In 1952 the celebrated critic and musical theorist Hans Keller declared, ‘Mozart and Britten are the only two composers I know who strongly and widely attract people who do not understand them’.
It is intriguing that such a perceptive figure as Keller should bracket the two composers together, for there are more recordings available of Britten conducting Mozart than any other composer save himself. Throughout his life Britten was to enjoy a great closeness with his music, from the intimacy of the chamber and two-piano music to the larger scale of the symphony orchestra and the opera house.
It is the opera house, though, that appears to have dictated Britten’s musical responses to Mozart more than any. In his book ‘Essential Britten’, republished for the composer’s centenary year by Faber & Faber, John Bridcut gives details of the day when Britten ‘discovers’ Mozart, ‘knocked flat’ after seeing a production of The Marriage of Figaro at the Royal Opera House. The composer talks of ‘this simple beauty (expressing every emotion) that is withering to any ambitions one might have’.
This simplicity is perhaps the key element of Mozart’s music that Britten took when writing his own – but Mozart, it seems, spoke longest and loudest to Britten the opera composer. When Britten recorded his music or performed it live, a sense of operatic drama was never far from hand. This can be witnessed first of all in the type of symphonies Britten recorded – the more anguished Symphonies no.25 and Symphony no.40, both in G minor, receive especially poignant and emotive performances. The Prague symphony, no.38, whose introduction is also in a minor key, undergoes a vivid darkness to light transition in the first movement. There is a sunny side too, however, and the Symphony no.29 in A major is sweetness and light, bright and energetic, with phrases that bounce off the strings of the violins and plenty of forward momentum.
This ‘Sturm und Drang’ approach carries over to performances of the Piano Concertos, which were often given with his great friend Sviatoslav Richter as soloist. It is to be hoped the BBC series Britten The Performer will be resurrected in this anniversary year, for in the late 1990s its first instalments contained intense performances of the Piano Concertos nos.22 and 24, among others. With Clifford Curzon, too, Britten explored the operatic connotations of the Piano Concerto no.20 in D minor. In their recording the central romance is given a tender and almost weightless performance, like an aria.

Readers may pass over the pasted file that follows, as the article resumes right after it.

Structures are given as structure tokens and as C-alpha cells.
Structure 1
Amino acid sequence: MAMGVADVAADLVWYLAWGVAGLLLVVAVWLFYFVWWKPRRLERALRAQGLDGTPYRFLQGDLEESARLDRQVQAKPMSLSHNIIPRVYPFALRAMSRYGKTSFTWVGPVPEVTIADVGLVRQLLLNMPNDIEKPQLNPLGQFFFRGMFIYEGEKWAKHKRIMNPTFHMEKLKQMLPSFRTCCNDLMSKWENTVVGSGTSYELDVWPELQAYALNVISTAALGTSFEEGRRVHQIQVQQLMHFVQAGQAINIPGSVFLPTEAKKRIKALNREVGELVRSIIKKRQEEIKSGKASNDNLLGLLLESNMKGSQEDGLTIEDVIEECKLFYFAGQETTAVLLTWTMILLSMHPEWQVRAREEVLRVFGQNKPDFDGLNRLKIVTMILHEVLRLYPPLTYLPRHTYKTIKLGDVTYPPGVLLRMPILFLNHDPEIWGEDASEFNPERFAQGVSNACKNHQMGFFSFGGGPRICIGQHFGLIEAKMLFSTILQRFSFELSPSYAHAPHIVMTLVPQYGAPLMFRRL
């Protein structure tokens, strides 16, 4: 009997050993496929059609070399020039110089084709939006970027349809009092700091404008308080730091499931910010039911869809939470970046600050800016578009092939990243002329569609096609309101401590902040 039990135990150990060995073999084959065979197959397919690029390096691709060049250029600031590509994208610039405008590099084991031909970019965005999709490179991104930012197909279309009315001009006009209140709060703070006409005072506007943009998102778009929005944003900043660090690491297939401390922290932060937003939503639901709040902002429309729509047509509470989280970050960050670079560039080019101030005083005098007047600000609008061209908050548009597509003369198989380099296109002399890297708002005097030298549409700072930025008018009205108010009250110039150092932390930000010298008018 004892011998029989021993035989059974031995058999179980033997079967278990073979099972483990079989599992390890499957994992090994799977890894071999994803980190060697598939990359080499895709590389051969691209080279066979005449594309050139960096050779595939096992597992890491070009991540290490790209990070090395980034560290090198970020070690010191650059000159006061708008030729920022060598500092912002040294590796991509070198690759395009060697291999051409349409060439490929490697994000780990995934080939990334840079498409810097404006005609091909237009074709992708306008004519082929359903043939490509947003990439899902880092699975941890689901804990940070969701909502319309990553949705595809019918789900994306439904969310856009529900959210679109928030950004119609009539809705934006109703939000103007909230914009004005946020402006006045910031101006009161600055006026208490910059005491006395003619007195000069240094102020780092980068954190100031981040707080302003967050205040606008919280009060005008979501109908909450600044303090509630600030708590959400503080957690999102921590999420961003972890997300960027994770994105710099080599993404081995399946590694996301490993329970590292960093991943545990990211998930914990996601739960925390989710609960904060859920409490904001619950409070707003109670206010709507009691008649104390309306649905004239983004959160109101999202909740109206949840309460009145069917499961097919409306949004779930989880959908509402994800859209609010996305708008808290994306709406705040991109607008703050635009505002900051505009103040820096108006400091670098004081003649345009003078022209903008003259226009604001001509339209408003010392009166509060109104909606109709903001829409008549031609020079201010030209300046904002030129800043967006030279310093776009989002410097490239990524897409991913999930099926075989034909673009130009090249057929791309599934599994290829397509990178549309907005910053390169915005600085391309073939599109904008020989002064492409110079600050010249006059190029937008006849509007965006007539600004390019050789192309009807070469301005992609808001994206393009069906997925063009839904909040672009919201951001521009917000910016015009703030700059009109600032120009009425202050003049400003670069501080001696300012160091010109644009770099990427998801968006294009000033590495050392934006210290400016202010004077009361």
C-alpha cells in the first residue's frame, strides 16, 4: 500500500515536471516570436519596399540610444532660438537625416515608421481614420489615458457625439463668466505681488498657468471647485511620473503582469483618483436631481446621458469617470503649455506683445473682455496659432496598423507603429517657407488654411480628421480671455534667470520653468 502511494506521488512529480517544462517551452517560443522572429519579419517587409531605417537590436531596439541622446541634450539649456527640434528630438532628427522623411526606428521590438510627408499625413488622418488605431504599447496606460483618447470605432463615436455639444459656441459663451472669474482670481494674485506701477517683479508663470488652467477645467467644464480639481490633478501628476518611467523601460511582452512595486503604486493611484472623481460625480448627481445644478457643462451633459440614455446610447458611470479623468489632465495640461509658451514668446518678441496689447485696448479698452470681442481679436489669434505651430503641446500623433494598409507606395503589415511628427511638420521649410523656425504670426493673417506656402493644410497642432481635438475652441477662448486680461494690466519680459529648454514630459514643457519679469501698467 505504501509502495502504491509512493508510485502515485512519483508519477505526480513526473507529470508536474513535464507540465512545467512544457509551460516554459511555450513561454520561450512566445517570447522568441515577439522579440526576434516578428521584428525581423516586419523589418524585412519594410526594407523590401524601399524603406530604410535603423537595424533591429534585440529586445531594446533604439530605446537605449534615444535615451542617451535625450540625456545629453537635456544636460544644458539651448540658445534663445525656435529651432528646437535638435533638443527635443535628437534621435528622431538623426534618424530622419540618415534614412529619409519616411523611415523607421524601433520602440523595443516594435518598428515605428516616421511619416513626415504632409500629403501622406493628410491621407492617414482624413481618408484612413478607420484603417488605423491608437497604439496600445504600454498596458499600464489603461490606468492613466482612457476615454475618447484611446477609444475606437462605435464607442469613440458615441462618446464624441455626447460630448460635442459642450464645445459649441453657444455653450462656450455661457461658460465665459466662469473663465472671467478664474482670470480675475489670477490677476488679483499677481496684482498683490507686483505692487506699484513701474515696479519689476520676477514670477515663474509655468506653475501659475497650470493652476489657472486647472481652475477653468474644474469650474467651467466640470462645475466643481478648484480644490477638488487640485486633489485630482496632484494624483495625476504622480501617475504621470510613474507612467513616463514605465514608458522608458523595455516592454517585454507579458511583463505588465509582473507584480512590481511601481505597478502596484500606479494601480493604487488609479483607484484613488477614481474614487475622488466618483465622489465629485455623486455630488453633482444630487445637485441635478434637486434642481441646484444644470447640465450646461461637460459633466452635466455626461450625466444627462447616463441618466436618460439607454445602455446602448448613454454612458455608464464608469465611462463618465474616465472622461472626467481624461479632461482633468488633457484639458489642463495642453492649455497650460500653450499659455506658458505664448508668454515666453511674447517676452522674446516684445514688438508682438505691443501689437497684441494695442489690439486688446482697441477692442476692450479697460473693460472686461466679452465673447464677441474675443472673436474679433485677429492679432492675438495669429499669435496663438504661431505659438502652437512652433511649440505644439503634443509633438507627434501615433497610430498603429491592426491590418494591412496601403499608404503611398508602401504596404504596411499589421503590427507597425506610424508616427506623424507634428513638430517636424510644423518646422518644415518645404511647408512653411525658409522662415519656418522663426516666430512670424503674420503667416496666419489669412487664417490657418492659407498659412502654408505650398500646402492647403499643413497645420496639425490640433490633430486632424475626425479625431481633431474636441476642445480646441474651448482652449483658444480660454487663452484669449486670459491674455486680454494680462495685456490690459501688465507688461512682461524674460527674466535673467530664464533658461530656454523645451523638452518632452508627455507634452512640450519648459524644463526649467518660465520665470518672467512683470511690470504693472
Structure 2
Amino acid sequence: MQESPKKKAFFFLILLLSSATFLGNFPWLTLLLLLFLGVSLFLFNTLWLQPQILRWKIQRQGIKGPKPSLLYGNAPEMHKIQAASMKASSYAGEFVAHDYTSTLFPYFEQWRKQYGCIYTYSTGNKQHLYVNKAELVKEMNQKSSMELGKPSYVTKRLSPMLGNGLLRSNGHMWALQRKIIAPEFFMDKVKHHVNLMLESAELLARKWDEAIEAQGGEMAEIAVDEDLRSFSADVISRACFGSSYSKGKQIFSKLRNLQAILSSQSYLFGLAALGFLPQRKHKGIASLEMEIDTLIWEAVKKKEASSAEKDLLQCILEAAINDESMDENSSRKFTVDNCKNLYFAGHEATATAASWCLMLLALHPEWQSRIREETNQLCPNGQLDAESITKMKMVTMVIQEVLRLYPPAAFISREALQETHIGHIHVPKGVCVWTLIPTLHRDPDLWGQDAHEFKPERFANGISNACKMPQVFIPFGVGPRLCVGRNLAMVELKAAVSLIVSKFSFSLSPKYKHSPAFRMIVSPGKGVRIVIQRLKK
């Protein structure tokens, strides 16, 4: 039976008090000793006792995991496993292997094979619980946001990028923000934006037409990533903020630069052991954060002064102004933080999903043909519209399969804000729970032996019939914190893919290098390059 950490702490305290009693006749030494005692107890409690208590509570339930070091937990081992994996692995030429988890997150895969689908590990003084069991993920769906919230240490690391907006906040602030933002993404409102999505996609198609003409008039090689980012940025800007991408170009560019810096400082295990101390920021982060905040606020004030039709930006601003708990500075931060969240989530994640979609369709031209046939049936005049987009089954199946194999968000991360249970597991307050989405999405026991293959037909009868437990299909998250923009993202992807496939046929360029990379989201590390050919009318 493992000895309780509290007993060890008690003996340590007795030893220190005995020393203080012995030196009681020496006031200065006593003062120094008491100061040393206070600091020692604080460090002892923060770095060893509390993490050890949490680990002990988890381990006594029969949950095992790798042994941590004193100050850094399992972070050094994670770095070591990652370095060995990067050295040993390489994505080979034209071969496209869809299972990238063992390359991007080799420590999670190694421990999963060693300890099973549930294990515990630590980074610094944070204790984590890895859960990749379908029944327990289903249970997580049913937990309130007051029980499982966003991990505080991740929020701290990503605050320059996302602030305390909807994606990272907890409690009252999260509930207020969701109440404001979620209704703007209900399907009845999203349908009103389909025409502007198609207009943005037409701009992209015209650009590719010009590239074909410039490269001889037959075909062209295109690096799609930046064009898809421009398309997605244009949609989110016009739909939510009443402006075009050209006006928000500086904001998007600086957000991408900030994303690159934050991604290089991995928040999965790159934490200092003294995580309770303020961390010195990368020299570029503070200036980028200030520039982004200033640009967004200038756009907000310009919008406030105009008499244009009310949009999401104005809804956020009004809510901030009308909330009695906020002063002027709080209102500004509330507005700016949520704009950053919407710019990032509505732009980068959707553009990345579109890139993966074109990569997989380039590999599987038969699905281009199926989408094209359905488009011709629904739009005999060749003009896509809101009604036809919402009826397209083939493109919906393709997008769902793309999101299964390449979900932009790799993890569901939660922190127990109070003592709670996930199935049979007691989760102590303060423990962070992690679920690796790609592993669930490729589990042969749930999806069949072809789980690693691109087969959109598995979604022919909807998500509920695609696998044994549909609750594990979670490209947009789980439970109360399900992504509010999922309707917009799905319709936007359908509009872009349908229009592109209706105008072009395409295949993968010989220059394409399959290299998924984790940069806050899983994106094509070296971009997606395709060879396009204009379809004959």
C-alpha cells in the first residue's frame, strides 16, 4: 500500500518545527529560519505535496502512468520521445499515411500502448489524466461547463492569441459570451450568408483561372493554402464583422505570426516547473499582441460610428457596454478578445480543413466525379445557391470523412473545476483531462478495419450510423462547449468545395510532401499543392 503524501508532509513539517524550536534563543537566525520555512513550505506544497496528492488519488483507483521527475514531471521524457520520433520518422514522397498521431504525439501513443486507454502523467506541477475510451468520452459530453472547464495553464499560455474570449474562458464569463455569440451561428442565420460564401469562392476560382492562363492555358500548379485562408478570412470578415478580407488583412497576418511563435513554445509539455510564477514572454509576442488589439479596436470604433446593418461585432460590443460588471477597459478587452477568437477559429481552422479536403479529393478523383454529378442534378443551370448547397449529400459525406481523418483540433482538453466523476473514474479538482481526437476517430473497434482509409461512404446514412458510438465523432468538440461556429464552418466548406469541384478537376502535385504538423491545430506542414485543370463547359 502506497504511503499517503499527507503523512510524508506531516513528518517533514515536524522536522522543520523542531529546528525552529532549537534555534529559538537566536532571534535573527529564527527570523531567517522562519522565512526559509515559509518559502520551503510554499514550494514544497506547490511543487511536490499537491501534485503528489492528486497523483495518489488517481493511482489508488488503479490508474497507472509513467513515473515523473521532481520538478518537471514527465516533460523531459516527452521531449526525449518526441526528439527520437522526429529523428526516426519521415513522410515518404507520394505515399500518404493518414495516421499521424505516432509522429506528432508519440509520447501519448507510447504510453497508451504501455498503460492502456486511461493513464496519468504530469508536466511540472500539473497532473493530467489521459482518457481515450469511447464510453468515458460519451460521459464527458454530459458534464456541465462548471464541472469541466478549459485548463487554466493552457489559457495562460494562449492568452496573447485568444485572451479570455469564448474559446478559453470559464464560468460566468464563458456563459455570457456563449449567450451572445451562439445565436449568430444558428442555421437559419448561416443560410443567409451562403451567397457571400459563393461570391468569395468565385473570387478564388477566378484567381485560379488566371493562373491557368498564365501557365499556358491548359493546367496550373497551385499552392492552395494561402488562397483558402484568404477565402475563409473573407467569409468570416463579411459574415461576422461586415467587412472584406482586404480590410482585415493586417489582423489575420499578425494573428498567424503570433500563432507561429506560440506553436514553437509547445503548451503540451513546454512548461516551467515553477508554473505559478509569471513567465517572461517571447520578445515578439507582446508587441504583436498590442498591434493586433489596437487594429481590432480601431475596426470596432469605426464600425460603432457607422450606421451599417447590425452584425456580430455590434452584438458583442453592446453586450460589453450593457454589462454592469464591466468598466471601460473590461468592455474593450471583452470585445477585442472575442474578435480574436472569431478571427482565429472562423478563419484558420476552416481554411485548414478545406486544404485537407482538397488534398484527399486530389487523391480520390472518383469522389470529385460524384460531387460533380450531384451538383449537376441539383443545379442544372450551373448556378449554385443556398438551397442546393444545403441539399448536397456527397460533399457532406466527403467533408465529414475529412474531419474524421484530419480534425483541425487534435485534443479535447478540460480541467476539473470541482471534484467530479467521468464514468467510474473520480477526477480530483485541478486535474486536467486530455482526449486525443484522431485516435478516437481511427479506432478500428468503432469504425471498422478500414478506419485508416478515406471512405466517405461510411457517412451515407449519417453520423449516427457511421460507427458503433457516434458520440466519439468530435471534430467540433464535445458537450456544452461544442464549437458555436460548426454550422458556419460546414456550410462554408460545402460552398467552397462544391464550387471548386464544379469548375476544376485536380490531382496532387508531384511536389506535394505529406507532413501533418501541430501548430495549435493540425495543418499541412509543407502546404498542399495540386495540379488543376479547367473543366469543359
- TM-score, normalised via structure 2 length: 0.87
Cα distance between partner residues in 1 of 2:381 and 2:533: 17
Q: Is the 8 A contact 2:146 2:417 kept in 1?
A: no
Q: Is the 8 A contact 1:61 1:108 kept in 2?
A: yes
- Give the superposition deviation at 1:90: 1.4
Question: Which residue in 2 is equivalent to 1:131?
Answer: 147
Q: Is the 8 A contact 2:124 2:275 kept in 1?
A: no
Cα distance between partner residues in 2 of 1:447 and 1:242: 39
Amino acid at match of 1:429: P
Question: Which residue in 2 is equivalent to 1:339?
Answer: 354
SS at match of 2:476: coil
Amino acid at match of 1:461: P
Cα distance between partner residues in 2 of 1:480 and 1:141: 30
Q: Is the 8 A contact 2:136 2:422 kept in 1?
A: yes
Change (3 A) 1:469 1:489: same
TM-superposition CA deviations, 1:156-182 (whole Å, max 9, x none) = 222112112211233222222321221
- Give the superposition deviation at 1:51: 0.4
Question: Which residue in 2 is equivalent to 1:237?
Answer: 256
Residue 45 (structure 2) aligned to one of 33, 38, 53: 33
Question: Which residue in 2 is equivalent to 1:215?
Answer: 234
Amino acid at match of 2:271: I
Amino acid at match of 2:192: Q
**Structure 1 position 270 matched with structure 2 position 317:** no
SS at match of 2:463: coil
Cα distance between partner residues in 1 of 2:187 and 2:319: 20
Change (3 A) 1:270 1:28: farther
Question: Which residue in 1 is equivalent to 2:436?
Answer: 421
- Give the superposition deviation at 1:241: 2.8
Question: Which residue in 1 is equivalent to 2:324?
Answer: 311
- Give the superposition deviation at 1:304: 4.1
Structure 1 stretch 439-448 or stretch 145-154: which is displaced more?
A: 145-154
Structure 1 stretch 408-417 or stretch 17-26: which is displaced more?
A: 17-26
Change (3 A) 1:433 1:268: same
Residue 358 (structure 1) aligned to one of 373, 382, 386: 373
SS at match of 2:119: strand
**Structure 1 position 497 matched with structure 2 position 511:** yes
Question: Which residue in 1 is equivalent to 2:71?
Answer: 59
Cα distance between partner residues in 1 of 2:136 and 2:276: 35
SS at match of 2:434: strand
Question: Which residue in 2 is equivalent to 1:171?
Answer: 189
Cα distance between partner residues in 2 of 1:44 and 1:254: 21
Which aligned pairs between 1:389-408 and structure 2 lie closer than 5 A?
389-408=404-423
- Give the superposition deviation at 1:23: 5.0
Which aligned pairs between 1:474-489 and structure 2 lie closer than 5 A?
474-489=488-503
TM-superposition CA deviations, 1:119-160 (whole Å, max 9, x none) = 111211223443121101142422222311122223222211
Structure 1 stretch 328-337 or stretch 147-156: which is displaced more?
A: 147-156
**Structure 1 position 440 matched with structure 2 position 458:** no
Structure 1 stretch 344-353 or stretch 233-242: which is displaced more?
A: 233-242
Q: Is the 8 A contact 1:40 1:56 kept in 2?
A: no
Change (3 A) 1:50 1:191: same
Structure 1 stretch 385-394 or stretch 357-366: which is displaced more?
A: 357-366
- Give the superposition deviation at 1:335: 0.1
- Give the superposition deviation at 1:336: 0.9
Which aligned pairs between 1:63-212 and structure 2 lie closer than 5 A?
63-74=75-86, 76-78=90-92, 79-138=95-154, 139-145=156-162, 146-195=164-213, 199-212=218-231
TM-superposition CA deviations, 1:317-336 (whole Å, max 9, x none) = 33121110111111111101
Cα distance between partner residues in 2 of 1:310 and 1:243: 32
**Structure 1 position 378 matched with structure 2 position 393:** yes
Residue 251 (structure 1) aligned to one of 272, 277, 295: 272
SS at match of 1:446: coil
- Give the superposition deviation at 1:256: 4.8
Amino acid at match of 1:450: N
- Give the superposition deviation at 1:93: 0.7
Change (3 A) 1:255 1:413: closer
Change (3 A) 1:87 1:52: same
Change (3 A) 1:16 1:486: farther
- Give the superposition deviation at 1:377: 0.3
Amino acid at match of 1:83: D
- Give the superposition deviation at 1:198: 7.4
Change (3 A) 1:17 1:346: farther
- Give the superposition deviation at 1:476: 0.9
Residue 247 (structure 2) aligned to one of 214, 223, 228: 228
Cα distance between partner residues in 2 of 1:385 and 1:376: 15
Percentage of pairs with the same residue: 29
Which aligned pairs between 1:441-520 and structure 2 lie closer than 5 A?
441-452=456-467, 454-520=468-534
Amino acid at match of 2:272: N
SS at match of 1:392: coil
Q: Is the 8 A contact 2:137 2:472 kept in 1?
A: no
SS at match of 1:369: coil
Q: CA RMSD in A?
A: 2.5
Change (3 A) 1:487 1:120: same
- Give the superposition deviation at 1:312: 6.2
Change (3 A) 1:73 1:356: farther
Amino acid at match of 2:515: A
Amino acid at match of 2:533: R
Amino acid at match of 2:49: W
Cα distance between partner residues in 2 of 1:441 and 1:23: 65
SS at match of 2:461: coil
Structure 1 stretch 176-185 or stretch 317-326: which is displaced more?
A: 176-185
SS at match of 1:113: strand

In the chamber and two-piano music Britten makes his mark as a pianist of great dexterity, wit and poise. The Piano Quartets, often performed with members of the Amadeus String Quartet, emerge with a real sense of enjoyment in the close at hand music making. This becomes even more evident in the two-piano music with Richter, captured live by Decca at the Aldeburgh Festival in 1967. Here the performance is joyous and carefree, so much so that Britten has to struggle manfully to keep up with his accomplice on occasion, a situation evident from the finales of both the Sonatas for Two Pianos.
What speaks more than anything, however, is that an initially restless audience for the D major sonata is quelled almost completely by the radiant Andante. Clearly they were witnessing something special – a meeting of musical minds and a clear love and devotion on Britten’s part for the music of ‘the most controlled of composers, who can express the most turbulent feelings in the most unruffled way’. Britten’s words were once again speaking volumes on one of the most important composers in his musical world.
Many of the recordings referred to and listened to here can be found on a Spotify playlist. The following recordings were used as reference:
Mozart: Symphonies Nos.25, 29, 38, & 40; Serenata notturna – English Chamber Orchestra / Benjamin Britten (Decca)
Mozart: Piano Concertos Nos.20 & 27 – Clifford Curzon (piano), English Chamber Orchestra / Benjamin Britten (Decca)
Mozart: Piano Concerto No.19; Piano Quartet No.2 – English Opera Group Chamber Orchestra / Benjamin Britten (piano), Benjamin Britten with the Amadeus Quartet (Pearl)
Mozart: Sonata for 2 pianos in D major K448; Sonata for Piano Duet in C major K521 – Sviatoslav Richter and Benjamin Britten (pianos), recorded live at Aldeburgh (Decca)